When an idea for a law (bill) gets that far down the road, A LOT of time, energy and effort has already been put into it so jumping up and down to have the bill killed (stopped) at that point is rude, inconsiderate and has wasted precious time. What had happened is that at the start of the session, the DV interest groups had all seen the TRO bill and because it was so ridiculously bad, everyone thought someone was going to do something about it – but no one did so it got reviewed, approved and passed throughout the session.
On the day of Crossover, one of the DV Educators from the Hawaii State Coalition Against Domestic Violence called from the state capitol in a panic to say that the TRO bill was going to be crossed over and we needed to stop it now! Everyone who could left their offices and we got down to the capitol to implore the legislators not to cross the bill over. I vividly recall Senator Chun-Oakland being particularly upset asking if it was such a bad piece of legislation, then where were we all session? Why didn’t we submit testimony and let everyone know how bad it was before it got this far? (I felt pretty bad because the legislators and their staff DO put in some very hard and long hours during session. One session, I overheard one aide talking to another asking, “Aren’t those the same clothes you had on yesterday?” The aide replied yes, she was working until 4:00am, decided it wasn’t worth it to go all the way back home only to fight traffic to be back in by 8:00am so she crawled up on a desk and at least got some sleep.)
When they say “democracy is a process for the people by the people” they’re not just talking about turning up on Election Day – this country is what we make of it folks – so if you know something about finances and have an idea on how to fix the budget, or know of a way to increase tourism or have a plan to reduce the amount of motor vehicle accidents on our roadways, consult with the appropriate legislators and see what you can do! (I’m going to let them rest and recuperate from their campaigns for a little bit before bombarding them with DV survivor info and ideas myself!)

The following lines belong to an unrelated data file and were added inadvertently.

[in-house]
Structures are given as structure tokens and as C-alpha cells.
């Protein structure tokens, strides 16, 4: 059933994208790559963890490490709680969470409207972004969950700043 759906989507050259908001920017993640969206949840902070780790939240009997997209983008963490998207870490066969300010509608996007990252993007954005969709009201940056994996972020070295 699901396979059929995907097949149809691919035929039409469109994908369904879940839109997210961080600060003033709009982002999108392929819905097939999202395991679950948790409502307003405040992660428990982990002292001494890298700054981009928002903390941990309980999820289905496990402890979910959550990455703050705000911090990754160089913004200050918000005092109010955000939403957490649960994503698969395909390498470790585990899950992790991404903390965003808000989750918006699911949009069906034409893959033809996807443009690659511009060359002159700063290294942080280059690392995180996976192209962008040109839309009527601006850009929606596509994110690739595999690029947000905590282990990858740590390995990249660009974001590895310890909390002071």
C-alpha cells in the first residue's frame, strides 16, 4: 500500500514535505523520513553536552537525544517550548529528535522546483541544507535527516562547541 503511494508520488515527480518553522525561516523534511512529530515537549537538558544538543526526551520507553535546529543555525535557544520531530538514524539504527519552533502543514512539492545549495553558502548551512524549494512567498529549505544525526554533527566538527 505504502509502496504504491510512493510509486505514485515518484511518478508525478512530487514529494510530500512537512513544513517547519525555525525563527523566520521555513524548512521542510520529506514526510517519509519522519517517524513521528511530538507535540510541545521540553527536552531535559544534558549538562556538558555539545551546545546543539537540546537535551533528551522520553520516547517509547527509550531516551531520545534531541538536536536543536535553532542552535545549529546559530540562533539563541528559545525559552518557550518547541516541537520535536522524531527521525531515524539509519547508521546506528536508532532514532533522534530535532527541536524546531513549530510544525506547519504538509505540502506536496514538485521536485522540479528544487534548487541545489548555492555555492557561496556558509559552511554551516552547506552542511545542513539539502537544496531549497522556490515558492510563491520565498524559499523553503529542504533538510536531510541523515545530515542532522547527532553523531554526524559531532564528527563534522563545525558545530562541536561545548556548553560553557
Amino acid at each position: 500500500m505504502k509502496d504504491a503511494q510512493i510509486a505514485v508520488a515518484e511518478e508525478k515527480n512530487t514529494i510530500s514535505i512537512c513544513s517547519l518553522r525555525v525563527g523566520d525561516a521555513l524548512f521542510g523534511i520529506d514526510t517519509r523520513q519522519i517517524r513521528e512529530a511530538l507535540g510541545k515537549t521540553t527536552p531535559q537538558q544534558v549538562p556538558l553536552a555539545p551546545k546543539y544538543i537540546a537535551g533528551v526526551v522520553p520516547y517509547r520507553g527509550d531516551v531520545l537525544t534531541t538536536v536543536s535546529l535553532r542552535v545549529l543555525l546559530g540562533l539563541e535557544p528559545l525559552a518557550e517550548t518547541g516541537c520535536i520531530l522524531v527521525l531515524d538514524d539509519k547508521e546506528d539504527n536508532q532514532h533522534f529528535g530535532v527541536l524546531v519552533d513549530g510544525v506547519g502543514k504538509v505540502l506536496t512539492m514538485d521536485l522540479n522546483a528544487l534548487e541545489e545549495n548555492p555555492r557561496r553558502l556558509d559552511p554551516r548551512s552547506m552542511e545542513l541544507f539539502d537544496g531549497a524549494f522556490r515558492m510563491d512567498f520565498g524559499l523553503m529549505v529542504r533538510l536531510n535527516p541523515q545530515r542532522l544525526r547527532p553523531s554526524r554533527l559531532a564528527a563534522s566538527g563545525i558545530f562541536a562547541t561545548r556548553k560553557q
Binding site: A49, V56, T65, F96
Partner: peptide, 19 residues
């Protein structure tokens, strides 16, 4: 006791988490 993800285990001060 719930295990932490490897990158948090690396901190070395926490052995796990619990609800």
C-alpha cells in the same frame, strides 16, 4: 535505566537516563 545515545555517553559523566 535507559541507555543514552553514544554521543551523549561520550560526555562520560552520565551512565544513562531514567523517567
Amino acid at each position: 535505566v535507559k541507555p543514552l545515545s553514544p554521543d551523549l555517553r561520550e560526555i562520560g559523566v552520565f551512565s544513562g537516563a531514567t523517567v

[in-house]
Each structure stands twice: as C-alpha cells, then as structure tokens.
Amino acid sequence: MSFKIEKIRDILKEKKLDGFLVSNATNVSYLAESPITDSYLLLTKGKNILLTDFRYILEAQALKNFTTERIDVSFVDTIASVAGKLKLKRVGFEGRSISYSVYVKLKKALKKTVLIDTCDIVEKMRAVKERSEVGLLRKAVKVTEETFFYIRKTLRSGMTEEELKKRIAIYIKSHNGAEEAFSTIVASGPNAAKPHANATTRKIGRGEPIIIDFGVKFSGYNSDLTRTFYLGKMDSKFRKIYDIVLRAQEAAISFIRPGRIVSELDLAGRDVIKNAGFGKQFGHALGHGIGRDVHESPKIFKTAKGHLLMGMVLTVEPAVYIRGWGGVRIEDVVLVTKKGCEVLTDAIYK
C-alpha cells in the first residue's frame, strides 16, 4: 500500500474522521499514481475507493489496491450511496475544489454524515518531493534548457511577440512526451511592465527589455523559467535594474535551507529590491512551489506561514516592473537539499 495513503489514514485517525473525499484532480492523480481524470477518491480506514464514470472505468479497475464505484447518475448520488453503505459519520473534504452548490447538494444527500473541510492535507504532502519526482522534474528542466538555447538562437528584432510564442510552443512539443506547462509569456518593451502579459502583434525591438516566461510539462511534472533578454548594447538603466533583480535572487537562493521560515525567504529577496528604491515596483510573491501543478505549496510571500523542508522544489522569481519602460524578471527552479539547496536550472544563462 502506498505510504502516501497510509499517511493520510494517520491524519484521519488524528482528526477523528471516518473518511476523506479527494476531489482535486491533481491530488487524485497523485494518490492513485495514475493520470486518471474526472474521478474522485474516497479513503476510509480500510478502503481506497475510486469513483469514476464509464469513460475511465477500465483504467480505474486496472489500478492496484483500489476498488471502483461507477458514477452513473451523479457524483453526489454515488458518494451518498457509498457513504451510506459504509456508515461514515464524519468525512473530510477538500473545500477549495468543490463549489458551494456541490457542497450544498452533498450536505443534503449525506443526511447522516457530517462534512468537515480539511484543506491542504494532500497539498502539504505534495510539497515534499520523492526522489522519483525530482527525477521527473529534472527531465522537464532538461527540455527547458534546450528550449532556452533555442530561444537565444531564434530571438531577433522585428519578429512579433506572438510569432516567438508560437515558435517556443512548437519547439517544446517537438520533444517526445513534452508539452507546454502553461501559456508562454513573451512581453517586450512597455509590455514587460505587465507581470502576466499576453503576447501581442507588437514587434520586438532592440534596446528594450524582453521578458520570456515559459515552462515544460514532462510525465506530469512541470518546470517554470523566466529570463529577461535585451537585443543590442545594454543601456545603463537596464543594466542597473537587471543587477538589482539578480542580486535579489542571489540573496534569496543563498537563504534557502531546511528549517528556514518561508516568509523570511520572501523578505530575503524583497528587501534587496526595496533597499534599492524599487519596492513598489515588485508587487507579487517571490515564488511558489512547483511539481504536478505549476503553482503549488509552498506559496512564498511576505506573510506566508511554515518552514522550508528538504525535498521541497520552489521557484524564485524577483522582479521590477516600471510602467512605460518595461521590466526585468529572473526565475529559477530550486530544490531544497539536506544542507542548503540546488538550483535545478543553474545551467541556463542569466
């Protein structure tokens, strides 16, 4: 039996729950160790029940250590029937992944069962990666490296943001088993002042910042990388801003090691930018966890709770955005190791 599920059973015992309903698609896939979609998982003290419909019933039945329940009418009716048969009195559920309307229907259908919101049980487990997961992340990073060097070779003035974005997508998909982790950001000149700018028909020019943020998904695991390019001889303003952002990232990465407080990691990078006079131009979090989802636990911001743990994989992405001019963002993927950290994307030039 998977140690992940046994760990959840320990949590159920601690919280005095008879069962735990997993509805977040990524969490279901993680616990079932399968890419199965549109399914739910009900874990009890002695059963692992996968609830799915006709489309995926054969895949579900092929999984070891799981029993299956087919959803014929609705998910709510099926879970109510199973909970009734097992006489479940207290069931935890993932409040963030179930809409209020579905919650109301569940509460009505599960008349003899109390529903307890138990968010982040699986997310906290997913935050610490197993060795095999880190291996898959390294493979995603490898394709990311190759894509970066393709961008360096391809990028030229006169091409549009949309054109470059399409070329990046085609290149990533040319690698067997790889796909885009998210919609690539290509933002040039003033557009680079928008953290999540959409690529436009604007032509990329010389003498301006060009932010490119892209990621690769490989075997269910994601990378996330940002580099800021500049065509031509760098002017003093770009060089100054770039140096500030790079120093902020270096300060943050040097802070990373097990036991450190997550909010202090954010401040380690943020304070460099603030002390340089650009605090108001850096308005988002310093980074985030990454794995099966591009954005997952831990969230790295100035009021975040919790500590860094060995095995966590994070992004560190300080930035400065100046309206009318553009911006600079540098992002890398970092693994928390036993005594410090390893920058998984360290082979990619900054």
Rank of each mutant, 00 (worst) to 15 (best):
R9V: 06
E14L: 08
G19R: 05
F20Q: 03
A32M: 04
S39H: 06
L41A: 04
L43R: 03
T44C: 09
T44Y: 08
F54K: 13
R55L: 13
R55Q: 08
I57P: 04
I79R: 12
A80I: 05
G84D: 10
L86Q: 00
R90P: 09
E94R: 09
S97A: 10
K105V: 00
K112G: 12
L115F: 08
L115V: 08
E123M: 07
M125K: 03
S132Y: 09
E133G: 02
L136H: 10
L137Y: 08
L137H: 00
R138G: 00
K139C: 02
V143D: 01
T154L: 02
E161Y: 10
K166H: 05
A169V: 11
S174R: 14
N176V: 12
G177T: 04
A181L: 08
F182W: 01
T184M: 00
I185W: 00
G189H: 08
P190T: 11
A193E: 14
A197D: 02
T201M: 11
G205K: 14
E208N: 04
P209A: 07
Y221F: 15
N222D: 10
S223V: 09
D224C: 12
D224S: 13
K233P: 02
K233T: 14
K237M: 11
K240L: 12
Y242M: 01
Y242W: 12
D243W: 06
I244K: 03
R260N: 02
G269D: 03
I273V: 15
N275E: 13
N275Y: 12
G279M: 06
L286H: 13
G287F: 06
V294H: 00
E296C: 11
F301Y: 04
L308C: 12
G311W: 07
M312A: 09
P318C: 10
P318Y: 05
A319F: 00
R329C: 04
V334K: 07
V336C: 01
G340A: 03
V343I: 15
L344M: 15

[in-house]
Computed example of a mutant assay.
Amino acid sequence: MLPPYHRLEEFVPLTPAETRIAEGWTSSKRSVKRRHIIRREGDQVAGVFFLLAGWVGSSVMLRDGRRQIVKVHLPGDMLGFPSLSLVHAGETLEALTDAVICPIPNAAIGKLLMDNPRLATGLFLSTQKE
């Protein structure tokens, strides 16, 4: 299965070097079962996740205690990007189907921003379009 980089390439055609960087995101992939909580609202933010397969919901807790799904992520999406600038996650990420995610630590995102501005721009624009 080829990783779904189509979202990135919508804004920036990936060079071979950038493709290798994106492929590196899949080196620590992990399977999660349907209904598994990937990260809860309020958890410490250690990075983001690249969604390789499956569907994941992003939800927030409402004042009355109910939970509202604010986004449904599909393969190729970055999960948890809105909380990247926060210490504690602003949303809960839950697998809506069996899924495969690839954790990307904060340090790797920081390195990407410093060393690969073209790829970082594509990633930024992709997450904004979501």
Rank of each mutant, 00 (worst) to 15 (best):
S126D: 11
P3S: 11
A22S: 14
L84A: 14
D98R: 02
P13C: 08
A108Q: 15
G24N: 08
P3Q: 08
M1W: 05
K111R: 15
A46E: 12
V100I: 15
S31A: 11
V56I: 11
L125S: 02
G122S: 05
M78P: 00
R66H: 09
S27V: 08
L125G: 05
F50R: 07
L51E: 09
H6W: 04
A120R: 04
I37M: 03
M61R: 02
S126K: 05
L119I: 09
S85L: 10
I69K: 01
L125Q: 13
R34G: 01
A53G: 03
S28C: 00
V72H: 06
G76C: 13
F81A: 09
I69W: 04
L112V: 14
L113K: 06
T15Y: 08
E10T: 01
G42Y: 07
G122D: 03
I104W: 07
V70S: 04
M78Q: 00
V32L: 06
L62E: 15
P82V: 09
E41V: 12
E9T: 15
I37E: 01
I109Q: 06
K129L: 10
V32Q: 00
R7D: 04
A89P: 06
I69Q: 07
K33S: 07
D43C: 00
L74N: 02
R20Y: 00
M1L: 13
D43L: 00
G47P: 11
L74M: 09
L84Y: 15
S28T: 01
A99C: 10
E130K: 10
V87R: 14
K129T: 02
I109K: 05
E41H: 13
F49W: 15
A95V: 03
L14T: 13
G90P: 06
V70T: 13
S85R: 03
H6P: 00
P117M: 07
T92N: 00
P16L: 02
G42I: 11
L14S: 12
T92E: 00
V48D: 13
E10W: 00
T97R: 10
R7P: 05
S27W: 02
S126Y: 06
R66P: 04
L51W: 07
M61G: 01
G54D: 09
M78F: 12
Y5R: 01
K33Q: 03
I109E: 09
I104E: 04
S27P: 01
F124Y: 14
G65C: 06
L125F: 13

A final word about special interests: although given a bad rap because they’re associated with payoffs, pushing an agenda by pushing cash and “buying politicians” that’s not what they’re supposed to be all about.
Put it this way: I’m absolutely AWFUL with math so the last place you’d ever want to see me is making suggestions to the Finance Committee and I know absolutely nothing about dentistry (except fear) so I wouldn’t be and shouldn’t be the person consulting with the Health Committee Chair about dental practice reform. I think a good dental reform would be “if it hurts don’t do it” but anyone with expertise in dentistry can point out why that’d be a bad piece of legislation, the point being to stick to your area of expertise when presenting legislative ideas. The worst pieces of legislation I’ve seen come from those operating outside their area of expertise and the experts aren’t aware of the changes being proposed until it’s too late which leads to the “Where the heck did THAT come from?!” moments. So don’t “hide your light under a bushel” – let it shine and let’s help Hawaii’s new and re-elected leaders to give us the brighter and better future we all want!